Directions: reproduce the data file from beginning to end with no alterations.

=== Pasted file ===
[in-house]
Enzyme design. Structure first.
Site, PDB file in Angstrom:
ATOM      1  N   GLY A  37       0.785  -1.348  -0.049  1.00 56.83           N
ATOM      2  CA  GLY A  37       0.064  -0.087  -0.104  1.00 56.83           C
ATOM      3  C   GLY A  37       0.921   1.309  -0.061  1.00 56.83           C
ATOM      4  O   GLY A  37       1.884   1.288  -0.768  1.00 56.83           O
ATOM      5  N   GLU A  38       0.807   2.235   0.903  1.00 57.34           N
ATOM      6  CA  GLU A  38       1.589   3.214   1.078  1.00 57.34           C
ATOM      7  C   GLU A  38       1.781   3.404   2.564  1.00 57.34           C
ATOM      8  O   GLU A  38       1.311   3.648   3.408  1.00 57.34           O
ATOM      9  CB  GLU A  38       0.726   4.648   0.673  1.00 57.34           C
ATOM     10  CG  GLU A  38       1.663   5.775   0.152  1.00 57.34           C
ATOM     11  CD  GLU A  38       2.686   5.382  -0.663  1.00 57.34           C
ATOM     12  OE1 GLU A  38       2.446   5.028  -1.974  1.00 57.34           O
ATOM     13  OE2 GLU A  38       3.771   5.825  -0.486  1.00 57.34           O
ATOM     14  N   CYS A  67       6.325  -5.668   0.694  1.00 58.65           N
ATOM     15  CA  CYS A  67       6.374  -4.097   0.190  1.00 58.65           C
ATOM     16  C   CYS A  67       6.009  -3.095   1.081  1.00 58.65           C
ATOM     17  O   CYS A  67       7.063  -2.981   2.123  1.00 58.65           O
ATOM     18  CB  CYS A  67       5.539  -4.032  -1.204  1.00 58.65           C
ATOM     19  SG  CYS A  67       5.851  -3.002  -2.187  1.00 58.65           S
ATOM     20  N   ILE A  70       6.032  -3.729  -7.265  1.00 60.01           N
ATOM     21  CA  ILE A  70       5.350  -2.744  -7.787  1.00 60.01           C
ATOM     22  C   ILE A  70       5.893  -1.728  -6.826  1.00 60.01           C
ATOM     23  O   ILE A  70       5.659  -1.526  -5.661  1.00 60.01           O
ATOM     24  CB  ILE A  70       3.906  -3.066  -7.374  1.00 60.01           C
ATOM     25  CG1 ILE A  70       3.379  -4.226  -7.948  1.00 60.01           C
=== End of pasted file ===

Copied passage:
[in-house]
Enzyme design. Structure first.
Site, PDB file in Angstrom:
ATOM      1  N   GLY A  37       0.785  -1.348  -0.049  1.00 56.83           N
ATOM      2  CA  GLY A  37       0.064  -0.087  -0.104  1.00 56.83           C
ATOM      3  C   GLY A  37       0.921   1.309  -0.061  1.00 56.83           C
ATOM      4  O   GLY A  37       1.884   1.288  -0.768  1.00 56.83           O
ATOM      5  N   GLU A  38       0.807   2.235   0.903  1.00 57.34           N
ATOM      6  CA  GLU A  38       1.589   3.214   1.078  1.00 57.34           C
ATOM      7  C   GLU A  38       1.781   3.404   2.564  1.00 57.34           C
ATOM      8  O   GLU A  38       1.311   3.648   3.408  1.00 57.34           O
ATOM      9  CB  GLU A  38       0.726   4.648   0.673  1.00 57.34           C
ATOM     10  CG  GLU A  38       1.663   5.775   0.152  1.00 57.34           C
ATOM     11  CD  GLU A  38       2.686   5.382  -0.663  1.00 57.34           C
ATOM     12  OE1 GLU A  38       2.446   5.028  -1.974  1.00 57.34           O
ATOM     13  OE2 GLU A  38       3.771   5.825  -0.486  1.00 57.34           O
ATOM     14  N   CYS A  67       6.325  -5.668   0.694  1.00 58.65           N
ATOM     15  CA  CYS A  67       6.374  -4.097   0.190  1.00 58.65           C
ATOM     16  C   CYS A  67       6.009  -3.095   1.081  1.00 58.65           C
ATOM     17  O   CYS A  67       7.063  -2.981   2.123  1.00 58.65           O
ATOM     18  CB  CYS A  67       5.539  -4.032  -1.204  1.00 58.65           C
ATOM     19  SG  CYS A  67       5.851  -3.002  -2.187  1.00 58.65           S
ATOM     20  N   ILE A  70       6.032  -3.729  -7.265  1.00 60.01           N
ATOM     21  CA  ILE A  70       5.350  -2.744  -7.787  1.00 60.01           C
ATOM     22  C   ILE A  70       5.893  -1.728  -6.826  1.00 60.01           C
ATOM     23  O   ILE A  70       5.659  -1.526  -5.661  1.00 60.01           O
ATOM     24  CB  ILE A  70       3.906  -3.066  -7.374  1.00 60.01           C
ATOM     25  CG1 ILE A  70       3.379  -4.226  -7.948  1.00 60.01           C